Jansky–Bielschowsky disease

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Jansky–Bielschowsky disease
Classification and external resources
Specialty endocrinology
ICD-10 E75.4
ICD-9-CM 330.1
OMIM 204500
DiseasesDB 31535
MeSH D009472

Jansky–Bielschowsky disease is an extremely rare autosomal recessive genetic disorder that is part of the neuronal ceroid lipofuscinosis (NCL) family of neurodegenerative disorders. It is caused by the accumulation of lipopigments in the body due to a deficiency in tripeptidyl peptidase I as a result of a mutation in the TPP1 gene.[1] Symptoms appear between ages 2 and 4 and consist of typical neurodegenerative complications: loss of muscle function (ataxia), drug resistant seizures (epilepsy), apraxia, development of muscle twitches (myoclonus), and vision impairment.[1] This late-infantile form of the disease progresses rapidly once symptoms are onset and ends in death between age 8 and teens.[1] The prevalence of Jansky–Bielschowsky disease is unknown, however NCL collectively affects an estimated 1 in 100,00 individuals worldwide.[2] Jansky–Bielschowsky disease is also known as: late-infantile Batten disease, LINCL, or neuronal ceroid lipofuscinosis.[2]


It is named for Jan Janský and Max Bielschowsky.[3]


The majority of cases are a result of mutations in the TPP1 gene, however mutations in the CLN5, CLN6, CLN8, MFSD8, and PPT1 genes also account for a small amount of cases.[4] These mutations result in reduced activity of peptidase enzymes, particularly affecting lysosomes, but other mutations can affect protein catabolism in white blood cells, fibroblasts, and chorionic villi.[2] The reduced function of these enzymes results in insufficient or incomplete breakdown of proteins, consequently resulting in the buildup of lipopigments in the lysosome. Though the accumulation of lipopigments occurs throughout the body, neurons are especially vulnerable to damage by lipopigment aggregation; a ubiquitous accumulation in lipopigments occurs in neurons, primarily concentrated in the cerebral and cerebellar cortices.[5] This accumulation results in atrophy in these regions of the brain, and cause the pathogenesis of signs and symptoms of Jansky–Bielschowsky disease. Currently, it is unclear what mechanism in relation to enzyme activity is responsible for the buildup of lipoproteins.[2]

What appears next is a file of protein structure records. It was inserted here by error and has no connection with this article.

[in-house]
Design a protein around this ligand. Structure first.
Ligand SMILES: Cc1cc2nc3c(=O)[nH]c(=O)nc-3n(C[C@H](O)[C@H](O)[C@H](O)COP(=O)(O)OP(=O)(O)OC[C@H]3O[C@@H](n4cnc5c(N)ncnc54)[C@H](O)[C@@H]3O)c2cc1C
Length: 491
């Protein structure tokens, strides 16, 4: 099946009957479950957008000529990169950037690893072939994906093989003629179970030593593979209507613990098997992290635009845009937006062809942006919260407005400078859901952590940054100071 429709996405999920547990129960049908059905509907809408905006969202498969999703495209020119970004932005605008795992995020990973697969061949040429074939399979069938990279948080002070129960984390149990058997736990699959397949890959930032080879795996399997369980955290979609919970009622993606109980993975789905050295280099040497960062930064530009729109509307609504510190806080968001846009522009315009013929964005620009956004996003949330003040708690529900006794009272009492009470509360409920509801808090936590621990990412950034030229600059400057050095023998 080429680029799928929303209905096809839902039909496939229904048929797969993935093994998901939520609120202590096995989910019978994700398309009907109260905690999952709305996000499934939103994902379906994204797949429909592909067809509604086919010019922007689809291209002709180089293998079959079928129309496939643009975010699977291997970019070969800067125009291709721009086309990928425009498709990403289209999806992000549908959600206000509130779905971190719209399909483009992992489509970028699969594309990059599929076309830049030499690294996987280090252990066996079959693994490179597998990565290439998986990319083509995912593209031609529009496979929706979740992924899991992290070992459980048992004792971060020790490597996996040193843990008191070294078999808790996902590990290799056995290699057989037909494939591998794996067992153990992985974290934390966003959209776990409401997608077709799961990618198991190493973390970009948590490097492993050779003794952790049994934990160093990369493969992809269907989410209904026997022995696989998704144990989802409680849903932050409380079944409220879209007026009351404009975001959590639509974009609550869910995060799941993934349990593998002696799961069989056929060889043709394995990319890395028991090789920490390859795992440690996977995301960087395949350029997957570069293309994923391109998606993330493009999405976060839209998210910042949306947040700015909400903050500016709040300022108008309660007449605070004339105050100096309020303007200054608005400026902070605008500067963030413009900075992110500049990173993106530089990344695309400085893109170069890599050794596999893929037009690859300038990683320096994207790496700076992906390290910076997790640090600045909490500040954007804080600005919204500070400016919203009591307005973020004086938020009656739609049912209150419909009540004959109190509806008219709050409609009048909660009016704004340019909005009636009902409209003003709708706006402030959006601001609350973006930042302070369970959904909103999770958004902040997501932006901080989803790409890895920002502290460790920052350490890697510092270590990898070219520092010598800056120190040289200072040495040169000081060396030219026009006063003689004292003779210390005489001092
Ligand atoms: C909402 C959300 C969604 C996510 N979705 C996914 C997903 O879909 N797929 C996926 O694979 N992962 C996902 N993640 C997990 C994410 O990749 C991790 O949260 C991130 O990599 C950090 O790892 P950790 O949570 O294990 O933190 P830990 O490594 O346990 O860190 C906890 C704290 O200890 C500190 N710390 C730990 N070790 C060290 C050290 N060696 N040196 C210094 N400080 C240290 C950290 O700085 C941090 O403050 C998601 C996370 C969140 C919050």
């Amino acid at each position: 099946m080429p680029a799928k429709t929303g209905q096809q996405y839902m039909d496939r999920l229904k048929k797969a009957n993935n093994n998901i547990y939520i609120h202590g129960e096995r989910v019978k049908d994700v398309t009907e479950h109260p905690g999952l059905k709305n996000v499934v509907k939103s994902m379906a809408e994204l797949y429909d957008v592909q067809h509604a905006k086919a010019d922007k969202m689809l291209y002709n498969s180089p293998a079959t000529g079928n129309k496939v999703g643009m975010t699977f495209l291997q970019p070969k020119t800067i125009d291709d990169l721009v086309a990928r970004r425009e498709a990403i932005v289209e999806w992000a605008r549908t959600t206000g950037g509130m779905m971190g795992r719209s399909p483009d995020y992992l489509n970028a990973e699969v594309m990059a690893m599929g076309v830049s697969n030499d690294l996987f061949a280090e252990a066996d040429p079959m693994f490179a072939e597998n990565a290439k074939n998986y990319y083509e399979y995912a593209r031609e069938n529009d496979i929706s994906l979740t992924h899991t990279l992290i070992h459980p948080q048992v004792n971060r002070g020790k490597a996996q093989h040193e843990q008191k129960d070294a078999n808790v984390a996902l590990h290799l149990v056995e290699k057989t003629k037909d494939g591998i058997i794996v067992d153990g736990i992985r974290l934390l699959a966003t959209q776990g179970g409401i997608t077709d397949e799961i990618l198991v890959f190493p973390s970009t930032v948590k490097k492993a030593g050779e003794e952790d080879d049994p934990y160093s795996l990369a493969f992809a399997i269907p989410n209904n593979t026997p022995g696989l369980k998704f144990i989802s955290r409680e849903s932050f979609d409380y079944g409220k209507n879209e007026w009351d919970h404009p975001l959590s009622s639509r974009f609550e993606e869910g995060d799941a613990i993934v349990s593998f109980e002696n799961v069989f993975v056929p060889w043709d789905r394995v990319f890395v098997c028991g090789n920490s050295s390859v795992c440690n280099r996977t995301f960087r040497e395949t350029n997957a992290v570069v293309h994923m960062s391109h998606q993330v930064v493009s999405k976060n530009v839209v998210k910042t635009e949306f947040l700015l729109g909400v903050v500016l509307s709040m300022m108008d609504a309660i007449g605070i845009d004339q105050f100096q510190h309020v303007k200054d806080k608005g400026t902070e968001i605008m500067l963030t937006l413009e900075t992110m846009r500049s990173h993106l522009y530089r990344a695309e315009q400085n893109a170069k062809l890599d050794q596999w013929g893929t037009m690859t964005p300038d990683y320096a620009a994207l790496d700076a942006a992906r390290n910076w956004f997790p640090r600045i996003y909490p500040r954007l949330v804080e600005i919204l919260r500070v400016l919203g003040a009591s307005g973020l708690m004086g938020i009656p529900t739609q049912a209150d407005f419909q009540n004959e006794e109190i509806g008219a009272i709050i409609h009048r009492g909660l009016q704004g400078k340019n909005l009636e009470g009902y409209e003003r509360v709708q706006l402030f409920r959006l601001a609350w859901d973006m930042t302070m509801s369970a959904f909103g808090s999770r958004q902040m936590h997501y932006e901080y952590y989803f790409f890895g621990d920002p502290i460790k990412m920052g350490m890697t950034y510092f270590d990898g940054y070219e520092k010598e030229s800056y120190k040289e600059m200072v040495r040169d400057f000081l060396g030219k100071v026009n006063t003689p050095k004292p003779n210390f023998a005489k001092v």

Diagnosis of Jansky–Bielschowsky disease is increasingly based on assay of enzyme activity and molecular genetic testing. Thirteen pathogenic candidate genes—PPT1, TPP1, CLN3, CLN5, CLN6, MFSD8, CLN8, CTSD, DNAJC5, CTSF, ATP13A2 GRN, KCTD7—are associated with the development of the disease. Patients with Jansky–Bielschowsky disease typically have up to 50% reduced lysosomal enzymes, and thus an enzyme activity assay is a quick and easy diagnostic test.[2]

Vision impairment is an early symptom of Jansky–Bielschowsky disease, and so an eye exam is another common diagnostic tool. During the eye exam, loss of cells within the eye would indicate the presence of the disease however more tests are needed for a complete diagnosis. Other common diagnostic tests include:

  • Blood or urine test: Elevated levels of the chemical dolichol found in the urine is typical of individuals with the disease, as well as the presence of vacuolated lymphocytes in the blood.
  • Skin or tissue sampling: Microscopy of skin could be used to observe lipopigment aggregation.
  • CT scan or MRI: Visualization of the brain would be able to detect areas of cerebral atrophy. [1]


Currently treatment is only symptomatic and palliative. Treatment for manifestations, such as seizures, dystonia, sleep disorders, depression and anxiety, can be effectively managed.[2] Physical and occupational therapy is recommended to help patients retain fine motor function for as long as possible [1] Recent progress has been made in the application of enzyme-replacement, gene, and stem cell therapies for patients.[6]


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